Overcome program criticism by reviewing fees and procedures from a consumer point of view
By CHERYL LAWSON, JMFA EVP of Compliance Review
Following the House of Representatives Financial Services Subcommittee hearing in March, the Senate Banking Committee’s Subcommittee on Financial Institutions and Consumer Protection convened on May 4 to weigh in on potential legislation or intervention to address the impact overdraft fees have on working families. As in previous hearings, two distinct perspectives were presented in the Senate gathering through in-person statements and written testimony.
On the one hand, lawmakers critical of overdraft fees cited data collected by the Consumer Financial Protection Bureau (CFPB) that identified how big banks profited by soaring overdraft fees during the pandemic. “In the fourth quarter of 2020, banks collected $2.3 billion in overdraft fees—a 64% spike from the second quarter of that same year. JPMorgan Chase raked in more than seven times as much in overdraft fees per account than other competitors, charging a total of $1.5 billion in overdraft fees in 2020.”
In conjunction with the hearing, letters sent to JPMorgan Chase, Bank of America and Wells Fargo, co-signed by Senators Elizabeth Warren (MA), Cory Booker (NJ) and Caroline Maloney (NY), questioned the banks’ overdraft fee policies and lack of consumer protections. Ironically, these are three of the largest CFPB-supervised banks which have maintained non-disclosed overdraft procedures for years.
Proponents of safe, high-quality consumer products urge caution on additional restrictions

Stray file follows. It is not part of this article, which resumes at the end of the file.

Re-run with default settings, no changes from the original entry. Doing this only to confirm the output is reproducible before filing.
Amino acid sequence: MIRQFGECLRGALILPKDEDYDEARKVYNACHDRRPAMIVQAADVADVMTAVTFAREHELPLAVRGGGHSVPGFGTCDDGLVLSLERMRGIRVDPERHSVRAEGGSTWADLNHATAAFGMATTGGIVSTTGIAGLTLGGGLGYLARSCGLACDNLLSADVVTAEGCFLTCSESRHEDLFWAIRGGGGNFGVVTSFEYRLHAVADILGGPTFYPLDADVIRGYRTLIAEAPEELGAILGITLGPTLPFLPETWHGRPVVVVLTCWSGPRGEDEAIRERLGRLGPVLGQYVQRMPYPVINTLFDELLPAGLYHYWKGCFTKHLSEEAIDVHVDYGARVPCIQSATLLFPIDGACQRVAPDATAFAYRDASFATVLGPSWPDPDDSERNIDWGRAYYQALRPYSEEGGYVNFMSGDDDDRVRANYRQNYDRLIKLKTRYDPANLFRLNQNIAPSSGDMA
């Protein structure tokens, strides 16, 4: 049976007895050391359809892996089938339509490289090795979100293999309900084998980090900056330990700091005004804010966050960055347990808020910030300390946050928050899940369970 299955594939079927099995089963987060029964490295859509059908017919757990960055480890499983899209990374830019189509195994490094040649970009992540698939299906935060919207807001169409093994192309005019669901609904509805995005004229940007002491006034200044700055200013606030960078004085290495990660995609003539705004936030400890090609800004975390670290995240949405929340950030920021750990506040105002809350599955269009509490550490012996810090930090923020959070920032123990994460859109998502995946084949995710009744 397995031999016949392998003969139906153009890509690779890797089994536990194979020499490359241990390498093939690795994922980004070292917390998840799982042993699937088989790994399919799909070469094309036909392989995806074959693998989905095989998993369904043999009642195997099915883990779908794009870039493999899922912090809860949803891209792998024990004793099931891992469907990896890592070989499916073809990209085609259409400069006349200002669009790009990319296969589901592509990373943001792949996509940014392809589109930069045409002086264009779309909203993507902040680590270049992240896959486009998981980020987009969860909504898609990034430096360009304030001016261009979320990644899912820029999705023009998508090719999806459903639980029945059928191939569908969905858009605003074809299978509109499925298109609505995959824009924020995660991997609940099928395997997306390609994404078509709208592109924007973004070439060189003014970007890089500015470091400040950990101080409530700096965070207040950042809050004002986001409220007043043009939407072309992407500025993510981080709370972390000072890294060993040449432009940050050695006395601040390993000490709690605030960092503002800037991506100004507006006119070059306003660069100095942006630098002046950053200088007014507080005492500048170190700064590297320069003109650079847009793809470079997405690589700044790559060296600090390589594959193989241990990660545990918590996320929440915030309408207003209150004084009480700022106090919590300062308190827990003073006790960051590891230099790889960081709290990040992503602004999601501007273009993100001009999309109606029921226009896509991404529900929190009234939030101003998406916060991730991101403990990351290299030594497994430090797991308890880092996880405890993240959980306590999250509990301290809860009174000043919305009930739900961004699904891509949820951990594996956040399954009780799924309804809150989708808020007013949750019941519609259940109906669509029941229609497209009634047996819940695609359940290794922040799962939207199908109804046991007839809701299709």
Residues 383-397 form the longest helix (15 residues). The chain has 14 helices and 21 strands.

Counter testimony by program proponents, economic and technology experts, as well as industry representatives, presented research indicating more than 60% of all overdrafts result from consumers who intentionally use the service to cover an essential expense or emergency situations. David Pommerehn, Consumer Bankers Association general counsel, advised the committee that “outside of overdraft, few options remain for consumers to meet their cash-flow needs within the highly regulated banking industry.”
A statement presented from the American Bankers Association (ABA) stressed the importance of regulatory policies that help consumers address misalignments in deposits and payments with a variety of options, including overdraft protection services. The ABA cautioned policymakers in both the Senate and the House of Representatives against imposing additional restrictions on a product that consumers value—and urged them to take the following three steps as it examines overdraft services:
Overcome criticism and uncertainty by matching program benefits with market needs
As lawmakers and regulators continue to look at overdraft programs and fees, their concerns once again center around issues that prior regulations and inter-agency guidance have already addressed. And while there continues to be criticism from some regulatory leaders and the media, an overdraft solution can be beneficial for both consumers and financial institutions if it is well maintained and fully disclosed.
Community banks and credit unions that see value in the service an overdraft solution provides for consumers can stay above the fray by reviewing their program. Now more than ever, it is critical to determine if changes need to be made to ensure it is a fit for today’s marketplace and offers value for consumers. Important questions to consider include:
By taking the time to ask these questions and make the changes necessary to address the needs of your community, you will demonstrate your commitment to providing consumers with access to the programs and services they need to maintain control of their finances without spending quite so much in fees.
JMFA provides community banks and credit unions comprehensive overdraft consulting with consumer-focused recommendations, data-driven intelligence and a 100% compliance guarantee to address your evolving needs. To learn more, contact your local representative or call us at 800-809-2307.